Why work for an investment bank when you can work for Blackrock?

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The virtues of making the move across to the buy-side from investment banking are many. Fund managers can still pay their employees pretty much what they like, thanks to side-stepping the EU’s bonus cap, job opportunities are on the up and – comparatively speaking – it’s a stable option.

J.P. Morgan’s ongoing expansion of its fund management business lost momentum in 2014, with headcount slipping by 2%, but compensation costs still increased by 4% to an average of $257k per head.

Today, another fund management behemoth – BlackRock – has reported its Q4 results to signal the potential job security and bonus potential of those in the industry. Things are looking up – revenues increased from $10.1bn in 2013 to $11bn for last year. Blackrock careers suddenly look appealing.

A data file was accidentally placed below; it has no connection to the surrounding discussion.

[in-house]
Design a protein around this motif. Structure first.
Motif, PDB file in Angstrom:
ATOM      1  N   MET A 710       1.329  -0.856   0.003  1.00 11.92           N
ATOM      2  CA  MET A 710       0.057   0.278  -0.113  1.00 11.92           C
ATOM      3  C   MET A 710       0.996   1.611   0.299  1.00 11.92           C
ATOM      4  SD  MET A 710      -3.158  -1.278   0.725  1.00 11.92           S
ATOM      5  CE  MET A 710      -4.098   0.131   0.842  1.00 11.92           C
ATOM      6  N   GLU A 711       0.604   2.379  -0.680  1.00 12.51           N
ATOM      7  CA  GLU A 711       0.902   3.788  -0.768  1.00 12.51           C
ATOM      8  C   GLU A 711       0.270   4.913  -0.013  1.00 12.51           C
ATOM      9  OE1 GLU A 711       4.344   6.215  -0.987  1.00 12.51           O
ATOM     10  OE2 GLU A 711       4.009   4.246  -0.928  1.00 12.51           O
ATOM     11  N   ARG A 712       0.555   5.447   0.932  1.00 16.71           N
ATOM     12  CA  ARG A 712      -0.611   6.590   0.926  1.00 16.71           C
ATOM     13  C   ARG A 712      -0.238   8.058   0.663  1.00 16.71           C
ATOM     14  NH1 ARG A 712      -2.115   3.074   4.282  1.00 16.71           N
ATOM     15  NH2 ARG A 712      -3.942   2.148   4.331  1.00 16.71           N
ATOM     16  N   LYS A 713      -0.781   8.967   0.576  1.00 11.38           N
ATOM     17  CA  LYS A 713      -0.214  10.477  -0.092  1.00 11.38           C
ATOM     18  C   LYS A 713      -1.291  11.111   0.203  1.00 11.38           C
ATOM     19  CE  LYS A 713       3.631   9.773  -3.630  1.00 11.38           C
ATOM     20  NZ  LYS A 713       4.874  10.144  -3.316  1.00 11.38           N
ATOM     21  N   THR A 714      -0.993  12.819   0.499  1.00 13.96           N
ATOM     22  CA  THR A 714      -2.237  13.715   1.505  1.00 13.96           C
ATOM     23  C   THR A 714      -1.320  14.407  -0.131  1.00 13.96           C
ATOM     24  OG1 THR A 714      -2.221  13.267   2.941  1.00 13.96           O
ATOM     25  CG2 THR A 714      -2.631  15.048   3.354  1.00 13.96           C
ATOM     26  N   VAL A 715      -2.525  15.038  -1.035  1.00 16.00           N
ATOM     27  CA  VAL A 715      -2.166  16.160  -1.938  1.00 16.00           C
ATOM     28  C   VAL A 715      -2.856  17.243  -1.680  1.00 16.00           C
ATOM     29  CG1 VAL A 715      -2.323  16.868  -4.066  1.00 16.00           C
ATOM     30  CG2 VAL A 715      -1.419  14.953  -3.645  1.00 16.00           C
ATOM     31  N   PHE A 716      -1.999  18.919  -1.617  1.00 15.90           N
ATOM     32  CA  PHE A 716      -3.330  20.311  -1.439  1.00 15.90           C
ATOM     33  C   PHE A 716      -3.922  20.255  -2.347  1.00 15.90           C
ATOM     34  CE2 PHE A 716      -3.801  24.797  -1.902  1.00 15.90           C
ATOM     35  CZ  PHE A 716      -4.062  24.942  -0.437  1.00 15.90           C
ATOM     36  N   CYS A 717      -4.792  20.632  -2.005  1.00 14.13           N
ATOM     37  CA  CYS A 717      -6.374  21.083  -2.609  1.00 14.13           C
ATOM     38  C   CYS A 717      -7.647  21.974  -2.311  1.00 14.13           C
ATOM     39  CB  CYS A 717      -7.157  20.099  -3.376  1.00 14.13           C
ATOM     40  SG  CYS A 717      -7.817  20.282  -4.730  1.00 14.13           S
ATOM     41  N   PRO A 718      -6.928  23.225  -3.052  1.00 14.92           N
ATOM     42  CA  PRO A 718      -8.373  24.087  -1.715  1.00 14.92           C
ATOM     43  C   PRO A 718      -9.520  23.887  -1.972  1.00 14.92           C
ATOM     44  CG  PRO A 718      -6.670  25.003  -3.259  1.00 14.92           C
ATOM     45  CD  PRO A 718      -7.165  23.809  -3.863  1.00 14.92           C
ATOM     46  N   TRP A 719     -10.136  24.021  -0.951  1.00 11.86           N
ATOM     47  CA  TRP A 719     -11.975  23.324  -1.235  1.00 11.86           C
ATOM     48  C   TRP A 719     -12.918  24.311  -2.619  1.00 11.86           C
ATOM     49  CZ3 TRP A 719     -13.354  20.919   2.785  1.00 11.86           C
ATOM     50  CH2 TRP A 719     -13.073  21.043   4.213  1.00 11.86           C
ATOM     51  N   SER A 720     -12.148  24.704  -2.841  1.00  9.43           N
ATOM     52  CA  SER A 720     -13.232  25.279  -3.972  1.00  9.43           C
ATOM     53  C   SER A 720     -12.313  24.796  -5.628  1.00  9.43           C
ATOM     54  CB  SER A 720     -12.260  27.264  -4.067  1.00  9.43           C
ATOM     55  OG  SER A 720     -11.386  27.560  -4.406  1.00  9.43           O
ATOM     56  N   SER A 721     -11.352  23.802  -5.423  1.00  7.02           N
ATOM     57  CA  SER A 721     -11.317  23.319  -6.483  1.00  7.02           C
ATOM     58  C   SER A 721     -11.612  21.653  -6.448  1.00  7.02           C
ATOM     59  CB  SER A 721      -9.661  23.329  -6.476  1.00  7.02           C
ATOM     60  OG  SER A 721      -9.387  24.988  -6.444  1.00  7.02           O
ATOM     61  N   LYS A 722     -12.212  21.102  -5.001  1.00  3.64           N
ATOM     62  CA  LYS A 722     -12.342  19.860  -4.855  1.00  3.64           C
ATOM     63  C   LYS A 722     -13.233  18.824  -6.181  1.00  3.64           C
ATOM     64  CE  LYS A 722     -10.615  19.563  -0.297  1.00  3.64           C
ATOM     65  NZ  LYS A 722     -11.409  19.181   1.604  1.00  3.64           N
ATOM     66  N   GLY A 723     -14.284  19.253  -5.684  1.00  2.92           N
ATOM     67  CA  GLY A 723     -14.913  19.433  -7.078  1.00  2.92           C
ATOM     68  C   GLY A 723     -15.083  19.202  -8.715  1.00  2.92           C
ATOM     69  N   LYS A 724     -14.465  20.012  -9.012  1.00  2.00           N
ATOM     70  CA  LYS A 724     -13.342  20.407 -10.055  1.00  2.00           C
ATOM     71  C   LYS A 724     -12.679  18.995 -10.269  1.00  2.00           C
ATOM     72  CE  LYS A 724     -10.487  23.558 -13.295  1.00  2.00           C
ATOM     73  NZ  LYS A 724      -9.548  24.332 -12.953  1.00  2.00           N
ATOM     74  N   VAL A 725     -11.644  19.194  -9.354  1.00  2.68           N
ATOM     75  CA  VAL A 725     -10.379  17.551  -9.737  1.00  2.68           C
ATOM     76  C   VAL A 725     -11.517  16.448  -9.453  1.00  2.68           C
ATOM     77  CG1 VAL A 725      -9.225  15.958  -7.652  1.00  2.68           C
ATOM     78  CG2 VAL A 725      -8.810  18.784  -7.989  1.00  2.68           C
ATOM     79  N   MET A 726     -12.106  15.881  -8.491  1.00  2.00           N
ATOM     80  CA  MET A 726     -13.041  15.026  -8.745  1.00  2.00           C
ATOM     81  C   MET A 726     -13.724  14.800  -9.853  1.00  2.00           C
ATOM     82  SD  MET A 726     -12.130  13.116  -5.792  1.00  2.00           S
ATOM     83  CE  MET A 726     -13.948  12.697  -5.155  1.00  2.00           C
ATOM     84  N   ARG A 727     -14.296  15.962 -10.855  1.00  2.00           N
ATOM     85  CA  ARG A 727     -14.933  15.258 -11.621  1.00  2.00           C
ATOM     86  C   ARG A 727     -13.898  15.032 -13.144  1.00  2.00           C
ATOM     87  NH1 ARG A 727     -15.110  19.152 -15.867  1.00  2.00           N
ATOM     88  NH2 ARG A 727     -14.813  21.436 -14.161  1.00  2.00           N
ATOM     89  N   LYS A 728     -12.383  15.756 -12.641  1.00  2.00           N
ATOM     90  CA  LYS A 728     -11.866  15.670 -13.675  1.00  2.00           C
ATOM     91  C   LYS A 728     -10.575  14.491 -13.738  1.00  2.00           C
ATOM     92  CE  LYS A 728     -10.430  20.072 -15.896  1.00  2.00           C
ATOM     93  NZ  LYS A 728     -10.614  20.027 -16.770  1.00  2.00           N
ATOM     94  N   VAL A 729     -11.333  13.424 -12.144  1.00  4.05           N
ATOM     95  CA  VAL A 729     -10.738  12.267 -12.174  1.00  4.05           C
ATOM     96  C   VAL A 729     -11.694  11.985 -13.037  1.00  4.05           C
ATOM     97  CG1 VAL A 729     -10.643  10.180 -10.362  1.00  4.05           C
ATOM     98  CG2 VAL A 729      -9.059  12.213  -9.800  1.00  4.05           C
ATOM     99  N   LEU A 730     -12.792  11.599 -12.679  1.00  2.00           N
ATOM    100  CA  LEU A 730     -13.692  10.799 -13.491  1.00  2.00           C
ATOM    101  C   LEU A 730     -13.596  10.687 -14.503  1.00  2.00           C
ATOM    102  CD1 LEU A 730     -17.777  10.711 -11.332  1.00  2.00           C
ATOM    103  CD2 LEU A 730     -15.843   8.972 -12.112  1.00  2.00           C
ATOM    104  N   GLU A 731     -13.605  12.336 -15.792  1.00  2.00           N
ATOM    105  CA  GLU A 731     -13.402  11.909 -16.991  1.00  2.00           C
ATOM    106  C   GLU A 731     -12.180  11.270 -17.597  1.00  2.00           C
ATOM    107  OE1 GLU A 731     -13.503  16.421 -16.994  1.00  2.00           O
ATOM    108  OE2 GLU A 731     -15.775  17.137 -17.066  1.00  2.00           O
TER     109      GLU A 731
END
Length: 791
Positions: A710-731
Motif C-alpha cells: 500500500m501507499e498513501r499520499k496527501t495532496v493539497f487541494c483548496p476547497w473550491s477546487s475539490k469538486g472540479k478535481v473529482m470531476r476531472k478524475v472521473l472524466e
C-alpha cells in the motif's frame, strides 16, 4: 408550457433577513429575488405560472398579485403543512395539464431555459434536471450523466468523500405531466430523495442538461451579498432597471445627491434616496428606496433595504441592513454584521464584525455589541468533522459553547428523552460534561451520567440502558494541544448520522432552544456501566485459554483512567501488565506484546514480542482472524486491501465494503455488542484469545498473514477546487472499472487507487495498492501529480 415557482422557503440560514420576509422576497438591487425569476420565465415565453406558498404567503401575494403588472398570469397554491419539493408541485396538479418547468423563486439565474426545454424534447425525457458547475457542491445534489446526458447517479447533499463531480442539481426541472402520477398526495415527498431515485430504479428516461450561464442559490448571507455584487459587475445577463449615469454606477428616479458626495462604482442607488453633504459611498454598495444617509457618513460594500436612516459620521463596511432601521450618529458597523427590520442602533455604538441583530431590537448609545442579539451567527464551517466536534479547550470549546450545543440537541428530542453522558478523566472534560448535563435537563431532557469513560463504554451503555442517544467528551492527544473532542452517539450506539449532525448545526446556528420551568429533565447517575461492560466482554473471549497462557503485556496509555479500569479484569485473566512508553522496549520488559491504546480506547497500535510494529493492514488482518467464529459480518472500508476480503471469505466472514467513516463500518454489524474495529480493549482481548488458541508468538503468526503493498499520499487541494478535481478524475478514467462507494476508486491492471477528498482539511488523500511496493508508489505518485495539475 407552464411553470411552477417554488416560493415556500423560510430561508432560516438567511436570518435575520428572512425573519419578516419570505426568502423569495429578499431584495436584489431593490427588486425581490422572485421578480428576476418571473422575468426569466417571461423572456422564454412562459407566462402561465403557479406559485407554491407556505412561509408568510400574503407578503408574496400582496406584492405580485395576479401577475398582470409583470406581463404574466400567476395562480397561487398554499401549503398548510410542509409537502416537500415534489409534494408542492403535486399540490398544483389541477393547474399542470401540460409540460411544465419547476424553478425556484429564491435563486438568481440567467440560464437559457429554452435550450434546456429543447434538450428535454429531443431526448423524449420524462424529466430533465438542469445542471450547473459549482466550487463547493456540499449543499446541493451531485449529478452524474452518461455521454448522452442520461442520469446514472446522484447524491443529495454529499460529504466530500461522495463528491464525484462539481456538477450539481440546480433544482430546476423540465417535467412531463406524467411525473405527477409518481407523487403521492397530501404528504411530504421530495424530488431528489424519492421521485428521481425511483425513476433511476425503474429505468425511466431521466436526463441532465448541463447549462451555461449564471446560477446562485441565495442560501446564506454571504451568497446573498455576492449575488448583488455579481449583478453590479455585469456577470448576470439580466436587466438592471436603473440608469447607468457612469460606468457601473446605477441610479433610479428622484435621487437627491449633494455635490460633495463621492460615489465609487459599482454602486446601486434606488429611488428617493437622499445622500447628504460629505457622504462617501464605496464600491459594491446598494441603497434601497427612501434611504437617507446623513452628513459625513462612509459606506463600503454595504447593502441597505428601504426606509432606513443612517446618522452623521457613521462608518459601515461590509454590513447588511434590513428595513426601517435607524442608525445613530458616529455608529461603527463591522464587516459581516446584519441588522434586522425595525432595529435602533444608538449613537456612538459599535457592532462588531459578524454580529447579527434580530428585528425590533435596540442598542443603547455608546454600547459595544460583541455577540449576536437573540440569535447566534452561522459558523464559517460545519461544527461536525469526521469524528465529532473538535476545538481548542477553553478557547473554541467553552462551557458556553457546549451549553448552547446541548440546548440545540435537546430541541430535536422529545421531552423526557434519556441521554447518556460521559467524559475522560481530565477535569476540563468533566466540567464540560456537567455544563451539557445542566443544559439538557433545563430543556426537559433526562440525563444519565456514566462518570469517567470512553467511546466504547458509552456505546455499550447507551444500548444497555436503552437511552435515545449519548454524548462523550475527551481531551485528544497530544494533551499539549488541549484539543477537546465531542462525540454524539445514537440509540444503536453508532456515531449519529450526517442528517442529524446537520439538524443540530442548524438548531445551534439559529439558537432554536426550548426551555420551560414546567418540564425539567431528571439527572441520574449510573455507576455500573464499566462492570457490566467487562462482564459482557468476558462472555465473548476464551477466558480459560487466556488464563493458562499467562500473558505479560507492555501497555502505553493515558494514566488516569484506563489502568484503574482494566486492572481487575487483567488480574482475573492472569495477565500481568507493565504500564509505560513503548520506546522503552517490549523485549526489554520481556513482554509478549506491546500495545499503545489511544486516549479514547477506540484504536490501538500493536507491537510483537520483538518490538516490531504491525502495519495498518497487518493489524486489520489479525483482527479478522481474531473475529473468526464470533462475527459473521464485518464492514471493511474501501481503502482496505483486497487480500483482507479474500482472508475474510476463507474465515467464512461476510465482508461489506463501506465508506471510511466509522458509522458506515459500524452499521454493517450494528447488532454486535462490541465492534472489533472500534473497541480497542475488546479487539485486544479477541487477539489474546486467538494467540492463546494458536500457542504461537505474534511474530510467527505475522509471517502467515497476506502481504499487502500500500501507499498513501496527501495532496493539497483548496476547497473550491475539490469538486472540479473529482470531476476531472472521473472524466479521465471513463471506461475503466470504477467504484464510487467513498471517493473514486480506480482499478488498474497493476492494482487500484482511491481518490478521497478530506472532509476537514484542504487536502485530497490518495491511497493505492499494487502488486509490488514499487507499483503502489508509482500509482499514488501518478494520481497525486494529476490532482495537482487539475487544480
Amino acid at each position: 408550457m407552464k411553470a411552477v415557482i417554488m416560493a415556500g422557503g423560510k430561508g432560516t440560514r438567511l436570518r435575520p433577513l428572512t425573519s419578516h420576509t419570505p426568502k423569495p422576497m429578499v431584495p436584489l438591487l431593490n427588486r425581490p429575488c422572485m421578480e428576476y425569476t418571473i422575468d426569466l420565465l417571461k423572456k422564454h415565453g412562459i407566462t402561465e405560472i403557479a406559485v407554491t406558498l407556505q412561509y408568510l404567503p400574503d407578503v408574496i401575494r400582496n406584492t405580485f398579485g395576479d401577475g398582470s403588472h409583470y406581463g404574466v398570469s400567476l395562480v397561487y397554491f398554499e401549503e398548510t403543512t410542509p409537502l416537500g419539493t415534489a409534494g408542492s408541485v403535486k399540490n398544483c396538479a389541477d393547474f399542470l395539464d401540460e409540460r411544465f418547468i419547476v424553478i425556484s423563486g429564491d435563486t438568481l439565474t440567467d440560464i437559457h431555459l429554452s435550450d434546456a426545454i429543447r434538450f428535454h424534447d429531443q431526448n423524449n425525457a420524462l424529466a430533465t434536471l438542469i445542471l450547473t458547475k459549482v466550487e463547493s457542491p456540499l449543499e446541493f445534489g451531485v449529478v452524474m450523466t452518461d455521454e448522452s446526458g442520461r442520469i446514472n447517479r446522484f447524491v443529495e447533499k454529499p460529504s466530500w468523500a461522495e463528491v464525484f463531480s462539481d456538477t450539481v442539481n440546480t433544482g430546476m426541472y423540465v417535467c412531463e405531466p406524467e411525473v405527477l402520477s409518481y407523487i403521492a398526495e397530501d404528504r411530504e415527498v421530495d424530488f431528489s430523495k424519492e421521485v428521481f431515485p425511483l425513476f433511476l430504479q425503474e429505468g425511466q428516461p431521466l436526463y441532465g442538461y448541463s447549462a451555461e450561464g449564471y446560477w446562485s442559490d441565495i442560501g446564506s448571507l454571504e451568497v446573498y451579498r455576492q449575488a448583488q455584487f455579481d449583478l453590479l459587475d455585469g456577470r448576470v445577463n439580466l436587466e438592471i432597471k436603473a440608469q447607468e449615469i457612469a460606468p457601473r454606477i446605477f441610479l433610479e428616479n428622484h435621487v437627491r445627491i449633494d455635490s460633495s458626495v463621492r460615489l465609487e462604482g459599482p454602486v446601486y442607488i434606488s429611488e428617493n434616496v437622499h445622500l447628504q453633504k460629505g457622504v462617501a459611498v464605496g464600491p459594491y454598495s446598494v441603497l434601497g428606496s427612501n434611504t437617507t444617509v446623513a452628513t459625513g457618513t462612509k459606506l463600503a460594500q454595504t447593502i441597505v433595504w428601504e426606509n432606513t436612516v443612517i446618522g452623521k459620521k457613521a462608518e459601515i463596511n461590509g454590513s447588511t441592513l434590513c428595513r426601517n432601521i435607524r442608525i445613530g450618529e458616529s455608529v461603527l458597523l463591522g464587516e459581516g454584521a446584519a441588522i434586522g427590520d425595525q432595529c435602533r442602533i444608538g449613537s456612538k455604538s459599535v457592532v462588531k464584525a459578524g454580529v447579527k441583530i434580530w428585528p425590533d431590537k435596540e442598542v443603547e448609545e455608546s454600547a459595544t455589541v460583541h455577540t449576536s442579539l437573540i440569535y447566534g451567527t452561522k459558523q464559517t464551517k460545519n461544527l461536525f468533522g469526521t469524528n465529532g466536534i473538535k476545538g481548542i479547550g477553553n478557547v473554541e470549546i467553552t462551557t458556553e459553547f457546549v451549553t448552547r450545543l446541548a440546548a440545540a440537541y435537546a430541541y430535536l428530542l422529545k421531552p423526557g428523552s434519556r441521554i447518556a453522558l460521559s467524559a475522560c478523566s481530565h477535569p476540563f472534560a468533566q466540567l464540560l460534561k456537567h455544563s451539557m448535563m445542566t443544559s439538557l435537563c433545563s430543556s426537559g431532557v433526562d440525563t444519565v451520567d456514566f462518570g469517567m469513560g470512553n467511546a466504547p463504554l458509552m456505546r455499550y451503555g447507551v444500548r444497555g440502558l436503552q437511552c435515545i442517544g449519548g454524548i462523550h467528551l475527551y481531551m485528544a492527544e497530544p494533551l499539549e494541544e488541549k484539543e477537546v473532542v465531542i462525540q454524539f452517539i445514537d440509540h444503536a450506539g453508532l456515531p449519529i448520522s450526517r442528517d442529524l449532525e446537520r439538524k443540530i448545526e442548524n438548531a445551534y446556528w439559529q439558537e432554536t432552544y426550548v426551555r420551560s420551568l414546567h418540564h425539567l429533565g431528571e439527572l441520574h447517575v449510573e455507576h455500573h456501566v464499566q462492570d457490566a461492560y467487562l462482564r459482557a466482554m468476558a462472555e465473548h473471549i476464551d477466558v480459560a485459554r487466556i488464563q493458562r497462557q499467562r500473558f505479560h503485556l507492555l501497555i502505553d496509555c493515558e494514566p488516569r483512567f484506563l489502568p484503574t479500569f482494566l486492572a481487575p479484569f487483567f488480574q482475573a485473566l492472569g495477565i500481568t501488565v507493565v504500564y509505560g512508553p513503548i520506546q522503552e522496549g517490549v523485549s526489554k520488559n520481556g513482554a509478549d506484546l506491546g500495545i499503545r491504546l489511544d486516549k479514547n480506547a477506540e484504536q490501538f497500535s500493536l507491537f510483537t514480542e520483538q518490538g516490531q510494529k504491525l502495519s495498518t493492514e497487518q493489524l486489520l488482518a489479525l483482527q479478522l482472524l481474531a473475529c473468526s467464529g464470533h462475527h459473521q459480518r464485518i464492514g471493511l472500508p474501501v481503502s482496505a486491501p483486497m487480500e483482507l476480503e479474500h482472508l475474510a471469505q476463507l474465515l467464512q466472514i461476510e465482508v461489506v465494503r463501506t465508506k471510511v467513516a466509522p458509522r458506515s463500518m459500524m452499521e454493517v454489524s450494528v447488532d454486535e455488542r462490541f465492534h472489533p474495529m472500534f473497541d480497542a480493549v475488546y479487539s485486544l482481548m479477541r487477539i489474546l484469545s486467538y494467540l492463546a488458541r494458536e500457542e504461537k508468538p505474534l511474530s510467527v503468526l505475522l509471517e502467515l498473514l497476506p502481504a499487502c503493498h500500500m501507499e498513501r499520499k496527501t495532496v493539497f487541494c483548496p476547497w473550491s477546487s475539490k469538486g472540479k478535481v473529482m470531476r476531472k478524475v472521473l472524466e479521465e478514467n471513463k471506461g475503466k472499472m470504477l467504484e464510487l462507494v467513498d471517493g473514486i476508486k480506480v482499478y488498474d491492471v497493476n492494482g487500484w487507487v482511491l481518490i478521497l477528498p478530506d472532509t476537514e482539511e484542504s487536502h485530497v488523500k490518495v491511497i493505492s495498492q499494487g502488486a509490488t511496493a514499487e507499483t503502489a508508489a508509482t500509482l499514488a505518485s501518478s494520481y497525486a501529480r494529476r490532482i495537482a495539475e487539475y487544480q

While most banks are expected to decrease compensation costs in this year’s bonus round, BlackRock has upped its pay by 8% year on year. Still, Blackrock says that it’s reduced variable compensation and on a per head basis, pay is only up marginally – from $312k in 2013 to $313k last year.

Headcount has continued to increase, however, with an additional 800 employees now employed at Blackrock compared to the same period in 2013.

Like most large fund managers, Blackrock has benefited from Bill Gross’s exit from Pimco in September. In the final quarter, net inflows’ into Blackrock’s fixed income business were $48.3bn – the largest of any business area. Overall, assets under management increased by $181.3bn in 2014, something described by CEO Larry Fink as “the strongest annual net inflows in Blackrock’s history.”

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